Excerpt from Do Not Become Alarmed by Maile Meloy, plus links to reviews, author biography & more

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Do Not Become Alarmed

by Maile Meloy

Do Not Become Alarmed by Maile Meloy X
Do Not Become Alarmed by Maile Meloy
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  • First Published:
    Jun 2017, 352 pages
    Paperback:
    Jun 5, 2018, 352 pages

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Book Reviewed by:
Norah Piehl

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Chapter 7

The kids were engrossed in a complicated game with the three inner tubes, making a kind of raft that they could stand on. It required a great deal of concentration. Hector was the master of the game, and he kept everyone involved. He didn't leave Sebastian and June out, or cut them any slack just because they were little. Penny admired that in him.

He tossed his wet hair off his face. If Hector had been in a band, Penny's friends would have fainted over him. And he could be in a band. He played guitar that well.

He was good at building a structure, too, like her father was. He gave directions, saying, "Hold there. Now, Penny, you sit there. Okay, now you can stand up there. Now Penny, too." He kept the whole three-ring raft stable. She loved hearing him say her name. His stomach was tan and slick above his pink-and-green checked shorts.

Every few minutes, someone would slip or step in the wrong place and everyone would go crashing into the water, screaming with delight, the inner tubes flying. Hector would make sure everyone was safe and afloat, and then they would start rebuilding.

They were so focused that they didn't notice when the tide changed. It must have paused when they were first in the water. Then it reversed, and began to flow inland. No one noticed that the water from the sea was pushing them upstream, slowly at first, and then with surprising force.

When they finally looked up, waterlogged, each with an arm slung over a tube and legs treading the silty water, they were in a different place. There was no beach. There were no mothers on towels. The river was starting to narrow. It was overhung with trees.

Penny squinted against the sun. She was hanging on to an inner tube with Isabel, and had one arm over the smaller tube June and Sebastian were on. Her fingertips were pruned. She felt her little brother's arm slide against hers. Hector and Marcus were on the third tube. Birds sang, and insects buzzed in the trees, but there were no human sounds.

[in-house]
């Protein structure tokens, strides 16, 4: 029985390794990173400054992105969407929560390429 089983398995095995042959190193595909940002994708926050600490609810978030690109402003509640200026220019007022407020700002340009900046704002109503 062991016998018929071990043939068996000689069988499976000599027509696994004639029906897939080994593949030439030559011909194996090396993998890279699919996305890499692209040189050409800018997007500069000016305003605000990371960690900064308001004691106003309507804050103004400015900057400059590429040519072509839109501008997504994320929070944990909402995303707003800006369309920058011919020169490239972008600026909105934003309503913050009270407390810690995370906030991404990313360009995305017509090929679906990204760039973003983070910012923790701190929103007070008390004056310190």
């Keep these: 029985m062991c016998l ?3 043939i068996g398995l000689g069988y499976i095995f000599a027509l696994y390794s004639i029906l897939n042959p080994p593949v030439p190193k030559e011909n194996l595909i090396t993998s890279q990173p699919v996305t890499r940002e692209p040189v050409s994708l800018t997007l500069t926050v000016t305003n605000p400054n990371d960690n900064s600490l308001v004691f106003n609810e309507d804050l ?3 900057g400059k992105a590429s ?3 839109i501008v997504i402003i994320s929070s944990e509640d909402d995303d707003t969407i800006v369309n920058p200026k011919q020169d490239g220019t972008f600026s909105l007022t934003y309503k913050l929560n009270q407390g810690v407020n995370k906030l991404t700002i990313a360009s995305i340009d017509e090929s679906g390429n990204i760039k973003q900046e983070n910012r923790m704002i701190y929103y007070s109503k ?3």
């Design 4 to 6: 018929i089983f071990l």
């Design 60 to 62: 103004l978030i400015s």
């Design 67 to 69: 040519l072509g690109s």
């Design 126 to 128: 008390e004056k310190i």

"What do we do?" she asked.

They all looked to Hector, their leader. He frowned. Then he said, "We hold on and kick back." He rolled his long body over and started to kick.

They tried, all six of them, to propel themselves back toward the beach. But it was pointless, the tidal current was too strong. The little ones spluttered, water in their faces.

"Stop!" Hector commanded.

The song of insects and birds returned. On they floated, with the muscle of the river.

"Will they come find us?" Sebastian asked, in a small voice.

"Of course they will," Penny said. And really, what was keeping them? The jungle on the bank looked impenetrable, but their mothers would find a way.

"Should we shout?" Marcus asked.

Together they cried, "Mom," "Mommy," "Mami," in one shrill, beseeching voice. Then they stopped, as if with the swipe of a conductor's wand, and waited in the silence. There was no response. The river swirled around them.

"I have to pee," June said.

"Just go in the water," her brother said.

"I can't."

"Why not?"

"I just can't. What about those fish that swim up the pee, inside you?"

"That's in the Amazon," Marcus said.

"Why couldn't they be here?" June asked.

"Because the Amazon doesn't connect to here," he said.

Penny already had peed, and hoped those fish really weren't in the water. On the left bank, there was a tiny sloping place. They all kicked to it and clambered out.

It felt good to be on solid ground. As soon as they stood up, it seemed clear that they should wait here, rather than traveling ever farther away from their mothers. It had been smart to get out.

Penny helped June find a place to peel down her wet bathing suit, behind a tree. The trees were like something out of fairy tales: thick, twisted, hung with vines. June peed into the damp ground, looking up.

Excerpted from Do Not Become Alarmed by Maile Meloy. Copyright © 2017 by Maile Meloy. Excerpted by permission of Riverhead Books. All rights reserved. No part of this excerpt may be reproduced or reprinted without permission in writing from the publisher.

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